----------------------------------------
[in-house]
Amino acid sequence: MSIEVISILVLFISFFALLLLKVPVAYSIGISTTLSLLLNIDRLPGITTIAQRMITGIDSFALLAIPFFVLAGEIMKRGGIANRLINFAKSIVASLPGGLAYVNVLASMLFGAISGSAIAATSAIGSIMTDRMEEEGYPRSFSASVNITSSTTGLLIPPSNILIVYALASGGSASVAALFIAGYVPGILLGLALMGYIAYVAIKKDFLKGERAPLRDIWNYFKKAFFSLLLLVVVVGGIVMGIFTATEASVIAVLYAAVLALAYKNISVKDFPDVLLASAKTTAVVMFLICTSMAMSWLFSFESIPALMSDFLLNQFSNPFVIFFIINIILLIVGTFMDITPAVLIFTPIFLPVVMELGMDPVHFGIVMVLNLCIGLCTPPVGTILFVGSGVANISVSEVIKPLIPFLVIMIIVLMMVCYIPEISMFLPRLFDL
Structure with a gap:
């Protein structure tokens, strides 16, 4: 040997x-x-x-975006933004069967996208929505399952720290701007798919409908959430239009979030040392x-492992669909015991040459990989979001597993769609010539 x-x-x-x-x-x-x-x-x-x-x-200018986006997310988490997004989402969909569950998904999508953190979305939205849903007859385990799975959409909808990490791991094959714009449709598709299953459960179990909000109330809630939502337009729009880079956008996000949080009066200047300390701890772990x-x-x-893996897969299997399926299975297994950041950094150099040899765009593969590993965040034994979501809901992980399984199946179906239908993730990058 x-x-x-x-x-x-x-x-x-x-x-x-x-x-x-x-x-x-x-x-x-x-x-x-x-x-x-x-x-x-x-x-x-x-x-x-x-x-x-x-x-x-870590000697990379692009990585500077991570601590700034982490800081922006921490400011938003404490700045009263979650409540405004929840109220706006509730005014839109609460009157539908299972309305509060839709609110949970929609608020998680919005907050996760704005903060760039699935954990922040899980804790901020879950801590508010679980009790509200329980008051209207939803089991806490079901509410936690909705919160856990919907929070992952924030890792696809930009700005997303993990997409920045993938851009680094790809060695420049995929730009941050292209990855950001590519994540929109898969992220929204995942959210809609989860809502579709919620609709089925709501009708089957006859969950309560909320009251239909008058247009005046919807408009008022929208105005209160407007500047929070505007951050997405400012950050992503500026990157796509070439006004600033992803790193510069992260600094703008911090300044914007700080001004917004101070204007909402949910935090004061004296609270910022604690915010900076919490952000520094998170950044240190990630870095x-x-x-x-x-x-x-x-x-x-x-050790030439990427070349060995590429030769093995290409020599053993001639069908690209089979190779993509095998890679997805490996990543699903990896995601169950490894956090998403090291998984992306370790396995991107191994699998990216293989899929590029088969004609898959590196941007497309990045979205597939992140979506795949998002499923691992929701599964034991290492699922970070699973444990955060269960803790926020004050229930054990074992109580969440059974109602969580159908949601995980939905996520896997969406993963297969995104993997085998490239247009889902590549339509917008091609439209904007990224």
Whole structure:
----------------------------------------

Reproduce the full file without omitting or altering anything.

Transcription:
[in-house]
Amino acid sequence: MSIEVISILVLFISFFALLLLKVPVAYSIGISTTLSLLLNIDRLPGITTIAQRMITGIDSFALLAIPFFVLAGEIMKRGGIANRLINFAKSIVASLPGGLAYVNVLASMLFGAISGSAIAATSAIGSIMTDRMEEEGYPRSFSASVNITSSTTGLLIPPSNILIVYALASGGSASVAALFIAGYVPGILLGLALMGYIAYVAIKKDFLKGERAPLRDIWNYFKKAFFSLLLLVVVVGGIVMGIFTATEASVIAVLYAAVLALAYKNISVKDFPDVLLASAKTTAVVMFLICTSMAMSWLFSFESIPALMSDFLLNQFSNPFVIFFIINIILLIVGTFMDITPAVLIFTPIFLPVVMELGMDPVHFGIVMVLNLCIGLCTPPVGTILFVGSGVANISVSEVIKPLIPFLVIMIIVLMMVCYIPEISMFLPRLFDL
Structure with a gap:
């Protein structure tokens, strides 16, 4: 040997x-x-x-975006933004069967996208929505399952720290701007798919409908959430239009979030040392x-492992669909015991040459990989979001597993769609010539 x-x-x-x-x-x-x-x-x-x-x-200018986006997310988490997004989402969909569950998904999508953190979305939205849903007859385990799975959409909808990490791991094959714009449709598709299953459960179990909000109330809630939502337009729009880079956008996000949080009066200047300390701890772990x-x-x-893996897969299997399926299975297994950041950094150099040899765009593969590993965040034994979501809901992980399984199946179906239908993730990058 x-x-x-x-x-x-x-x-x-x-x-x-x-x-x-x-x-x-x-x-x-x-x-x-x-x-x-x-x-x-x-x-x-x-x-x-x-x-x-x-x-x-870590000697990379692009990585500077991570601590700034982490800081922006921490400011938003404490700045009263979650409540405004929840109220706006509730005014839109609460009157539908299972309305509060839709609110949970929609608020998680919005907050996760704005903060760039699935954990922040899980804790901020879950801590508010679980009790509200329980008051209207939803089991806490079901509410936690909705919160856990919907929070992952924030890792696809930009700005997303993990997409920045993938851009680094790809060695420049995929730009941050292209990855950001590519994540929109898969992220929204995942959210809609989860809502579709919620609709089925709501009708089957006859969950309560909320009251239909008058247009005046919807408009008022929208105005209160407007500047929070505007951050997405400012950050992503500026990157796509070439006004600033992803790193510069992260600094703008911090300044914007700080001004917004101070204007909402949910935090004061004296609270910022604690915010900076919490952000520094998170950044240190990630870095x-x-x-x-x-x-x-x-x-x-x-050790030439990427070349060995590429030769093995290409020599053993001639069908690209089979190779993509095998890679997805490996990543699903990896995601169950490894956090998403090291998984992306370790396995991107191994699998990216293989899929590029088969004609898959590196941007497309990045979205597939992140979506795949998002499923691992929701599964034991290492699922970070699973444990955060269960803790926020004050229930054990074992109580969440059974109602969580159908949601995980939905996520896997969406993963297969995104993997085998490239247009889902590549339509917008091609439209904007990224």
Whole structure: